Nutter denies ticket-fixing accusation

Posted: June 27, 2014

MAYOR NUTTER yesterday denied an allegation that he participated in the alleged ticket-fixing scheme that has landed nine former Philadelphia Traffic Court judges in federal court.

"City Councilman Michael Nutter never asked a Traffic Court employee to dismiss a traffic ticket nor did he instruct his staff to seek that," Nutter spokesman Mark McDonald wrote in an email.

The allegation came Tuesday, when former Traffic Court employee Christopher Waters said on the stand that Nutter was one of the many politicians who called in to make tickets disappear for others.

"So when [Nutter's] office reached out to you, he reached out to you for the same purpose of 'give a guy a break,' right?" defense attorney Louis Busico asked Waters.

"Right," Waters said.

After news of the corruption probe broke, the state General Assembly last year effectively abolished the Philadelphia Traffic Court, which was the state's only independent court for traffic violations, and transferred its duties to Philadelphia Municipal Court.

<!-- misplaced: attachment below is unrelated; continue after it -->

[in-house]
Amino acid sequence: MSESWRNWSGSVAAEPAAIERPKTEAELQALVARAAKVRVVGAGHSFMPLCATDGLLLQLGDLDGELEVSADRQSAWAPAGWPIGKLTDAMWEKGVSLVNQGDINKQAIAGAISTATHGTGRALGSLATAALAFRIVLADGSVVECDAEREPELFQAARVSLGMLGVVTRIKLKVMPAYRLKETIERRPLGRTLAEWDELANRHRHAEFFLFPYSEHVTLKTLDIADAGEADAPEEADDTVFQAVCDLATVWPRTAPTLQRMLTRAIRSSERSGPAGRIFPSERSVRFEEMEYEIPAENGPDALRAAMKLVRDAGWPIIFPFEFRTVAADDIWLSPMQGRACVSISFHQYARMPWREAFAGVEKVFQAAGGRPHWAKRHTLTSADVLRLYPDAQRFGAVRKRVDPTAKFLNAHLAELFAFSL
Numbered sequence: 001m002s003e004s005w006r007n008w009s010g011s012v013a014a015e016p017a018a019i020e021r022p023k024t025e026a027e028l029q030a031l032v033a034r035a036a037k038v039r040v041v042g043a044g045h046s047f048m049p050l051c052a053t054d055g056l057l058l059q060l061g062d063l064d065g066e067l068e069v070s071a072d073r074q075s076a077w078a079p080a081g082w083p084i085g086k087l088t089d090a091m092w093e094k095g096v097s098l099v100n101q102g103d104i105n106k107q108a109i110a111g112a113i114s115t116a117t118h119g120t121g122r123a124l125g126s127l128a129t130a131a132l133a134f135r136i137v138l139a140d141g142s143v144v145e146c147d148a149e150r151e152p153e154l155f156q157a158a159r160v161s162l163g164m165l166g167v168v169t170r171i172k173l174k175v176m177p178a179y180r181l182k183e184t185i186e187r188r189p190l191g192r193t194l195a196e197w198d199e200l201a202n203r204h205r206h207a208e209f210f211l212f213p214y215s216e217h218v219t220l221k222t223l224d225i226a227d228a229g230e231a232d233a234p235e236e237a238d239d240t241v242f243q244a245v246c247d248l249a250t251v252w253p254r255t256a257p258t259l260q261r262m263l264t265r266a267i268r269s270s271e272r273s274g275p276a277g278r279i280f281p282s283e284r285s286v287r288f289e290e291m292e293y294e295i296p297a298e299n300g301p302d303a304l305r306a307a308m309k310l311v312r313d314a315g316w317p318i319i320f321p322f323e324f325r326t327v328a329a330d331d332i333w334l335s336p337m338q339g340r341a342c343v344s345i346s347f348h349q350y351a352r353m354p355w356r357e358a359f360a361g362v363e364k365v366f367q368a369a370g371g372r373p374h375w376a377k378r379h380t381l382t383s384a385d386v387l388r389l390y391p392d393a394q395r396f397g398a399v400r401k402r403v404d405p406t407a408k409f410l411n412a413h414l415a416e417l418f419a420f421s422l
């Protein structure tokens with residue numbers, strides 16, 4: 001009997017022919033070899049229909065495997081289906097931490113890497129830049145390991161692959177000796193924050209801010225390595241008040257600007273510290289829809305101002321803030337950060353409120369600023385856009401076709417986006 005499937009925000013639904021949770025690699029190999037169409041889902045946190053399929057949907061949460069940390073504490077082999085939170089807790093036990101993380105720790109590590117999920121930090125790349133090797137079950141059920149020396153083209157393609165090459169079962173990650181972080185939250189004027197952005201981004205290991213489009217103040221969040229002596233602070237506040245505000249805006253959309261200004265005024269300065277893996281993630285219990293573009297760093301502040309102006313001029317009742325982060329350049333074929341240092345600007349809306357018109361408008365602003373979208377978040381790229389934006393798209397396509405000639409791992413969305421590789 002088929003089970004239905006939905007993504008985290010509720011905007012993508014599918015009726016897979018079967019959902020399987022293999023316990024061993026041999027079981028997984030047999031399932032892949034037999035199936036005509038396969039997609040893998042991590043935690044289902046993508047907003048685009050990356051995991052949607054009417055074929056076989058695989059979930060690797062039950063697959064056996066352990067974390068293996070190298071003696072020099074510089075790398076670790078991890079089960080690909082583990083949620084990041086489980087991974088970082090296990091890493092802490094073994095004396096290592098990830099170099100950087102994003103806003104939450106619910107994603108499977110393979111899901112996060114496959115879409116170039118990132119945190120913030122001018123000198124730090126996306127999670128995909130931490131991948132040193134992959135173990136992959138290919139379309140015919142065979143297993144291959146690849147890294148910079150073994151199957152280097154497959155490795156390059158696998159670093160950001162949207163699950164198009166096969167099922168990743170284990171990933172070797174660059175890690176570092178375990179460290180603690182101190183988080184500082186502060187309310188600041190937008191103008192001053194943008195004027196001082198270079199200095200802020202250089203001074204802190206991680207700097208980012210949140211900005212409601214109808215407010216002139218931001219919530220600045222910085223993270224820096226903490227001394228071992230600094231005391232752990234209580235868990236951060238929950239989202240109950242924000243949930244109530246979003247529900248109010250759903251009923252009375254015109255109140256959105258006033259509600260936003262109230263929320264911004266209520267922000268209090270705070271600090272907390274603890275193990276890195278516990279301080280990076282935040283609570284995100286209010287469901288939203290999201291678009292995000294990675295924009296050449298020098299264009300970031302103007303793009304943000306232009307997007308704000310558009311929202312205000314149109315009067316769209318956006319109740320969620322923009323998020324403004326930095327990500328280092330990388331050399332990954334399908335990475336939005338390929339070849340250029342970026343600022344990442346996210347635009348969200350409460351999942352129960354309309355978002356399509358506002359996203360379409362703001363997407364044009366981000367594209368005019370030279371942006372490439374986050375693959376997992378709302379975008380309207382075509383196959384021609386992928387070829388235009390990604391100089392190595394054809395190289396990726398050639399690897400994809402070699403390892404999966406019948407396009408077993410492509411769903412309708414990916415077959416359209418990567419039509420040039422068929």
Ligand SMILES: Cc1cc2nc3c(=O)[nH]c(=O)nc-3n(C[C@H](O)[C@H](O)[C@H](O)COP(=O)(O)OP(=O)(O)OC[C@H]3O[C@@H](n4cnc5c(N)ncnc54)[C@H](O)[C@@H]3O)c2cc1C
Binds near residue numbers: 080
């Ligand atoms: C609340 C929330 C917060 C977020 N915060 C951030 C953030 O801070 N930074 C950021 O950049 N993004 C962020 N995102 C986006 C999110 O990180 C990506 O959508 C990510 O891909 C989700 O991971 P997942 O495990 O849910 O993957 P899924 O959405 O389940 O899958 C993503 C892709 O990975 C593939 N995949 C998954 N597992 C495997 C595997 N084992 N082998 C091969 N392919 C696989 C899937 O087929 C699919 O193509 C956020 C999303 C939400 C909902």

Nutter and District Attorney Seth Williams recently held a media event to announce changes to the new Traffic Court, which retained its name.

Nutter, who built his mayoral campaign around ethics and clean government, said at the event that the old system was "a mockery to the standard of evenhanded justice."

"This court will rise from the ashes of a tainted system and provide true justice," he said. "No longer will politically or otherwise connected defendants be able to count on special consideration."

Nutter represented the 4th Council District, covering Roxborough, Manayunk and parts of West Philadelphia, from 1991 to 2006, when he stepped down to run for mayor.

On Twitter: @SeanWalshDN


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